After a day of walking around Cuenca and photographing the amazing architecture, one builds an appetite. My friends at Mio Tours introduced me to this rather small eating establishment in Cuenca. It is locate off Gran Columbia on calle Presidente Borrero before you get to calle Simon Bolivar. You really have to look for it as it only serves about 12 people at a time with a total of 5 tables I believe. As you walk the street you see this blackboard operating as a identification for the restaurant.
Each item is warmed and served in a banana leaf, that is fairly sticky with the sweet sugar applied to the item oozing out of the leaf. You have to unfold it and this is a messy operation, but drives your senses wild as the aroma of the item erupts from each serving. You are offered either coffee or tea to drink with your meal and I chose tea. I am not really a soft drink person and know the dangers associated with their regular consumption. Coffee in the late afternoon keeps me up late at nights anymore.
The item served first was a Humitas and was my favorite in the long run, as I am a carnivorous individual and like my protein from meats. The Humitas has pork inside and is swathed in the sweet corn meal that all of the products are wrapped in. It also includes a slice of egg, a few bites of vegetables and a couple of slices of chili peppers on top.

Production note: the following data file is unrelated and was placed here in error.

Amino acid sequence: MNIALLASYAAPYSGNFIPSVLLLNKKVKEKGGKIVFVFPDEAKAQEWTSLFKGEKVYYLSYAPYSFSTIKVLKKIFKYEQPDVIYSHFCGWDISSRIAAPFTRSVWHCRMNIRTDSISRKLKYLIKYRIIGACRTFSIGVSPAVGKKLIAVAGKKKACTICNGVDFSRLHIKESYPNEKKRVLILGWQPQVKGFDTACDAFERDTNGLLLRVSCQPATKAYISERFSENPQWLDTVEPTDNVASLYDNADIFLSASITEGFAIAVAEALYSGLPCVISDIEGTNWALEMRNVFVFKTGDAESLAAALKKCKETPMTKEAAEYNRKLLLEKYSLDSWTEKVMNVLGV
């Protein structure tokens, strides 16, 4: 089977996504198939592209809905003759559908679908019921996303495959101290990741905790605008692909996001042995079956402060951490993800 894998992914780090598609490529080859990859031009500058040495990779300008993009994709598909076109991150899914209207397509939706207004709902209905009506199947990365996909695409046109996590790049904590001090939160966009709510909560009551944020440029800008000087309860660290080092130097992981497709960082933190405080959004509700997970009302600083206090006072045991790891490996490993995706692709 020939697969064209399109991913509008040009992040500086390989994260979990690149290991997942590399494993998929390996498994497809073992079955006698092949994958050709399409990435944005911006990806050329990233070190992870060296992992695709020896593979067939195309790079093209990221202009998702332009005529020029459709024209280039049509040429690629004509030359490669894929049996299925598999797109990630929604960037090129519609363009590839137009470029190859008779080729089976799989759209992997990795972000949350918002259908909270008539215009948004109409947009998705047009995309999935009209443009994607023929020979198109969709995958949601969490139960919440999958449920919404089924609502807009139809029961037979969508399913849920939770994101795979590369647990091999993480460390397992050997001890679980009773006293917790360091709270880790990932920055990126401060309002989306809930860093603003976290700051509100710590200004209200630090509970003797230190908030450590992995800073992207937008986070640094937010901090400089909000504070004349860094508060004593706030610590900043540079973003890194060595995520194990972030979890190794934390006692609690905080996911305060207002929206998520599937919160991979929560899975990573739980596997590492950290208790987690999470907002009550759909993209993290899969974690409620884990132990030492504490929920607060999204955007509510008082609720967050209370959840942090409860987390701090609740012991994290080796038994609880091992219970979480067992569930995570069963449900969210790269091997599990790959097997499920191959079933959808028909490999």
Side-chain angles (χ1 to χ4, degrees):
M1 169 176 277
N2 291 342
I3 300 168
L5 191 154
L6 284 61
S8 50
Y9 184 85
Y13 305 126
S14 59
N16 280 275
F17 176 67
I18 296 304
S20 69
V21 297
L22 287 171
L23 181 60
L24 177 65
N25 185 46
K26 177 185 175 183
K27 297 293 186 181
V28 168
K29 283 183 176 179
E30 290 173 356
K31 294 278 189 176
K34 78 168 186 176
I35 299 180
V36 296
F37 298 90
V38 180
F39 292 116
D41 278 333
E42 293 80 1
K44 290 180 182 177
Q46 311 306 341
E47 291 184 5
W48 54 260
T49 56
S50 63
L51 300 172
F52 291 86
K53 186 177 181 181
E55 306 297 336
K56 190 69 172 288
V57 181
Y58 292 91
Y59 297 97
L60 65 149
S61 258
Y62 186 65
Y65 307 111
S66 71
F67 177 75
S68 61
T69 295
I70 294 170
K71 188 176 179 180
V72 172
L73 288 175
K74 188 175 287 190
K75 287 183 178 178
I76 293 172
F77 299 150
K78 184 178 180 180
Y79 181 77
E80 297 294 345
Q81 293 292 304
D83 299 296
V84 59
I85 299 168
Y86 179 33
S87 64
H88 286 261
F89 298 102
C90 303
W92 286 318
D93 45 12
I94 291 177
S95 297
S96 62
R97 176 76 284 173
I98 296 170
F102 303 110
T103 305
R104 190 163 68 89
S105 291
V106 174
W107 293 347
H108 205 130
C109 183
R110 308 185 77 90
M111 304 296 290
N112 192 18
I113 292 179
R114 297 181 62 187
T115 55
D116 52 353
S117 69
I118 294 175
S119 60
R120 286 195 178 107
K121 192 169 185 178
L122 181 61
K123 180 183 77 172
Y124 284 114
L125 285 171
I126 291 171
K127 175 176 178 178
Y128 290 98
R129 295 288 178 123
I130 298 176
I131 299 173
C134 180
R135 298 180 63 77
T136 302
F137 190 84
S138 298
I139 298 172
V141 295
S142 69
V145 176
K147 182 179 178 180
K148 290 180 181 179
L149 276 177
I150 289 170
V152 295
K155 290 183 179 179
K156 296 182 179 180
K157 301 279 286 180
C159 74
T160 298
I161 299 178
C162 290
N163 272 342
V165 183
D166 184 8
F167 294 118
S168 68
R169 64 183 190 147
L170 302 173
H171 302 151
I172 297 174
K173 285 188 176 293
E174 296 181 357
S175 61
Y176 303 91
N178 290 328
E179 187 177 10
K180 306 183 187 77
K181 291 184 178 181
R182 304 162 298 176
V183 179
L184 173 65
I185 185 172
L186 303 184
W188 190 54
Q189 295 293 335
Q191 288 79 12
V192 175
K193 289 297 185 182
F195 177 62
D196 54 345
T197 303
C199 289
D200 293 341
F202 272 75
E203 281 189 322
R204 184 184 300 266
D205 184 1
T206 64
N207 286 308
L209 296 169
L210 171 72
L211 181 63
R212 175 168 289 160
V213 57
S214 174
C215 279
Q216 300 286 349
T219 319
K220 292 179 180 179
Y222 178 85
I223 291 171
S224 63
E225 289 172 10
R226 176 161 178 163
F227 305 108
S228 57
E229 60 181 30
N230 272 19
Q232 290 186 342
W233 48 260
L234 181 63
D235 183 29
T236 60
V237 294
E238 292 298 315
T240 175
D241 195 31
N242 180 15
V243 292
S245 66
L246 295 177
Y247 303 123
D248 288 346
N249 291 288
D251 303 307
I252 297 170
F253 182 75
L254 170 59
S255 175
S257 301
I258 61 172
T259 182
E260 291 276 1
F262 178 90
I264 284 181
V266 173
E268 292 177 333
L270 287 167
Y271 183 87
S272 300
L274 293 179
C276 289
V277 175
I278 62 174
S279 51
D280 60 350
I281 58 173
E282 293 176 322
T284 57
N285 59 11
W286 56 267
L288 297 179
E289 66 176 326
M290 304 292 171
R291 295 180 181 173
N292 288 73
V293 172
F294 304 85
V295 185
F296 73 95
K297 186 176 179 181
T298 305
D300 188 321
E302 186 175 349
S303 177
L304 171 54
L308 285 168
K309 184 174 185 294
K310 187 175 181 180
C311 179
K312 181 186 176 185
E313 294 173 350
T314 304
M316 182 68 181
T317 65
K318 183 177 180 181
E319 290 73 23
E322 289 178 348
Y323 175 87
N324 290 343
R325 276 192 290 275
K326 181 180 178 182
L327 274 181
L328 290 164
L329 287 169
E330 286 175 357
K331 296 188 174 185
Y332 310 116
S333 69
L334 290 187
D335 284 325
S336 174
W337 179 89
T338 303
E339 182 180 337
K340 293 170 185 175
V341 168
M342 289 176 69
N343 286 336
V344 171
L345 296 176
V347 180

The ritual one goes through to eat these fantastic morsels and indigenous mainstays is unique. One squeezes a lime on the item, adds a little Aji which is the Ecuadorian version of salsa and takes their spoon and dives in to this sweet and tasty morsel.
The next morsel served was a very sweet and typical item that I imagine has been around for centuries and is basically just the corn meal folded into the banana leaf with out any stuffing. This is the Tamale and is not associated with the typical tamale filled with meat in Mexico and the US. Kim and Learned this on our trip in March of 2013.
The third and final item served was a Quimbolitos. It is a Tamale that is stuffed with raisins and has a few extra unidentifiable flavors. It is also has a sweet flavoring and resembles the Tamale. In my photo you can plainly see the raisins in the item and can imagine the wonderful taste.
All of this costs under $2.00 US and I promise you will leave this establishment full. I could not add another item and having sampled the three variations I will (and have) go back and only eat the Humitas. That is unless someone else is buying and I don’t want to hurt their feelings! Ha! I was not able to capture the lady’s name that runs the restaurant, but I did manage to take her photograph and this is her. Notice she is smiling as most of the people in this wonderful country do consistently!
As I have about three and a half weeks left in Cuenca I am sure I will stop by again and sample her wonderful Humitas, Quimbolitos y Tamales. Saludos!